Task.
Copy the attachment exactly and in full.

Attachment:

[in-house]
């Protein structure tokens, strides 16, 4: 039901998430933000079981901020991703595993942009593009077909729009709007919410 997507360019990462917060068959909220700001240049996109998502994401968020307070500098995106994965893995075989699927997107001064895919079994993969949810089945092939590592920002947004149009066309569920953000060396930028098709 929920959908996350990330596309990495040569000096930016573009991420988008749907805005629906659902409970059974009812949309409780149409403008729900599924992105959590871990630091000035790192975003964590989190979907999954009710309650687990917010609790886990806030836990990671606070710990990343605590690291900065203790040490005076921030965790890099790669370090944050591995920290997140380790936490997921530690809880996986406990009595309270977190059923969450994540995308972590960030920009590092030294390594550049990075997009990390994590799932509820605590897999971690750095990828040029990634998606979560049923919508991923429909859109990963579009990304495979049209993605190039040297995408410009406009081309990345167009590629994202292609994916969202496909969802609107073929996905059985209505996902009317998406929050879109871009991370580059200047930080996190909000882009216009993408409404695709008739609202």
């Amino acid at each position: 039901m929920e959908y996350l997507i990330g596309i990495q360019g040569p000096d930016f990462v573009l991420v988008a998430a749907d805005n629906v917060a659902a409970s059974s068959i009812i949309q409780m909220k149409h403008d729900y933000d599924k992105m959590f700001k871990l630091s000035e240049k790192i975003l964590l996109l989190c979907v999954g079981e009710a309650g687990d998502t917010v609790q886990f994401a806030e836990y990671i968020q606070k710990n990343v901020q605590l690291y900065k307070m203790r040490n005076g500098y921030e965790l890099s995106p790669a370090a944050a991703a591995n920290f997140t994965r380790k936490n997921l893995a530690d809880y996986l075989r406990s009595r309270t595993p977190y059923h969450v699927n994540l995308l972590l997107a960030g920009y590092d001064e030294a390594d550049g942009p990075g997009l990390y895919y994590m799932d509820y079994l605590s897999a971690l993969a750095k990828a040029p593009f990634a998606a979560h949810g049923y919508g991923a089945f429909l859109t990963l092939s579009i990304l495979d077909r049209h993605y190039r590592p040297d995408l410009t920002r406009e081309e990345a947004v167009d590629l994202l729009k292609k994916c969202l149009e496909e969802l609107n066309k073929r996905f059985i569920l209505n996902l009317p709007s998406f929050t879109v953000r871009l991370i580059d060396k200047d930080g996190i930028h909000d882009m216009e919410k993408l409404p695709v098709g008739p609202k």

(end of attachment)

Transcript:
[in-house]
């Protein structure tokens, strides 16, 4: 039901998430933000079981901020991703595993942009593009077909729009709007919410 997507360019990462917060068959909220700001240049996109998502994401968020307070500098995106994965893995075989699927997107001064895919079994993969949810089945092939590592920002947004149009066309569920953000060396930028098709 929920959908996350990330596309990495040569000096930016573009991420988008749907805005629906659902409970059974009812949309409780149409403008729900599924992105959590871990630091000035790192975003964590989190979907999954009710309650687990917010609790886990806030836990990671606070710990990343605590690291900065203790040490005076921030965790890099790669370090944050591995920290997140380790936490997921530690809880996986406990009595309270977190059923969450994540995308972590960030920009590092030294390594550049990075997009990390994590799932509820605590897999971690750095990828040029990634998606979560049923919508991923429909859109990963579009990304495979049209993605190039040297995408410009406009081309990345167009590629994202292609994916969202496909969802609107073929996905059985209505996902009317998406929050879109871009991370580059200047930080996190909000882009216009993408409404695709008739609202």
């Amino acid at each position: 039901m929920e959908y996350l997507i990330g596309i990495q360019g040569p000096d930016f990462v573009l991420v988008a998430a749907d805005n629906v917060a659902a409970s059974s068959i009812i949309q409780m909220k149409h403008d729900y933000d599924k992105m959590f700001k871990l630091s000035e240049k790192i975003l964590l996109l989190c979907v999954g079981e009710a309650g687990d998502t917010v609790q886990f994401a806030e836990y990671i968020q606070k710990n990343v901020q605590l690291y900065k307070m203790r040490n005076g500098y921030e965790l890099s995106p790669a370090a944050a991703a591995n920290f997140t994965r380790k936490n997921l893995a530690d809880y996986l075989r406990s009595r309270t595993p977190y059923h969450v699927n994540l995308l972590l997107a960030g920009y590092d001064e030294a390594d550049g942009p990075g997009l990390y895919y994590m799932d509820y079994l605590s897999a971690l993969a750095k990828a040029p593009f990634a998606a979560h949810g049923y919508g991923a089945f429909l859109t990963l092939s579009i990304l495979d077909r049209h993605y190039r590592p040297d995408l410009t920002r406009e081309e990345a947004v167009d590629l994202l729009k292609k994916c969202l149009e496909e969802l609107n066309k073929r996905f059985i569920l209505n996902l009317p709007s998406f929050t879109v953000r871009l991370i580059d060396k200047d930080g996190i930028h909000d882009m216009e919410k993408l409404p695709v098709g008739p609202k």